Q: You joined ACE as CEO in 1994 and led it during a period of stellar growth. In 2004, you turned over the CEO post to Evan Greenberg and remained executive chairman until your retirement June 1. Why step out of an executive role now?
A: I stepped away from an executive position because I really believe there is a certain timeframe for everybody to run a company as a CEO. You should always step down when you're doing a good job. You don't want somebody tapping you on the shoulder saying, "I think it's time for you to go." By definition, people should be saying "Why are you stepping down? You're doing a great job." That's one of the requirements to have a successful turnover, that the guy who's leaving the job has been doing a good job. ACE is my baby. I feel very much like an owner, one of the architects. What I would like to see as a legacy is a company that succeeds period, regardless of who's running it. I don't define myself as a CEO and I don't define the success of ACE as "it works because I'm running it."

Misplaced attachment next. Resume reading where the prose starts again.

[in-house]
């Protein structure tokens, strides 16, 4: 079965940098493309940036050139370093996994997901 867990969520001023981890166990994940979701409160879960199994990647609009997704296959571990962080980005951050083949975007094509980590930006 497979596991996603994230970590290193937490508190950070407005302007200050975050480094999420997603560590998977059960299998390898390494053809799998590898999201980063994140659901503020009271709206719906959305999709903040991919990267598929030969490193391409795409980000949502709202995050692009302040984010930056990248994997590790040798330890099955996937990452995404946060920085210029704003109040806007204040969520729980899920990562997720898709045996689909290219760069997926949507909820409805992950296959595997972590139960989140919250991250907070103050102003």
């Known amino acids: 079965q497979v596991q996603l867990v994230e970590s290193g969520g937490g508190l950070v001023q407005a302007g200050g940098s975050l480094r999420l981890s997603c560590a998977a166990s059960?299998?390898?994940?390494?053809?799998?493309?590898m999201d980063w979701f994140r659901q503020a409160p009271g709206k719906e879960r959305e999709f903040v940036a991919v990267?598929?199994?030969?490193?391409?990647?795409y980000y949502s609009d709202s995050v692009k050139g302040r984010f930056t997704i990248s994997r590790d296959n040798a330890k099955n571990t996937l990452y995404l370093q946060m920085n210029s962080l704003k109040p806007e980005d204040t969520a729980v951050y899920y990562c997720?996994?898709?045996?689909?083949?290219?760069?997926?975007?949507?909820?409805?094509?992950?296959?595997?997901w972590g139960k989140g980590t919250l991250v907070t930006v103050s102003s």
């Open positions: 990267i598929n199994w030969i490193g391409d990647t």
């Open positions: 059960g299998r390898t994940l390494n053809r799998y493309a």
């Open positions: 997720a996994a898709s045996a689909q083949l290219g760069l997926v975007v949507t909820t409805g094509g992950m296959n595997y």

When I had all those thoughts in mind, I didn't want to stay too long. It is good to change management. People get stale, not just the guy in the CEO's office. Everybody gets stale, you figure Brian likes things done this way, so you don't do it a different way. And maybe Brian doesn't even know what way that is, but there's this feeling that that's the way it is. Things start to settle down and calcify. You don't want that. There needs to be a breakup of patterns and change. And that only occurs with a new person coming in with a fresh set of eyes, and also the people expecting that there's going to be change. You have to have the right guy. Evan was with me and he was clearly the right guy. The market was right. You don't want to step down when the market is bad because everybody thinks there's something else wrong. So my timing had to be just right, and that time was there.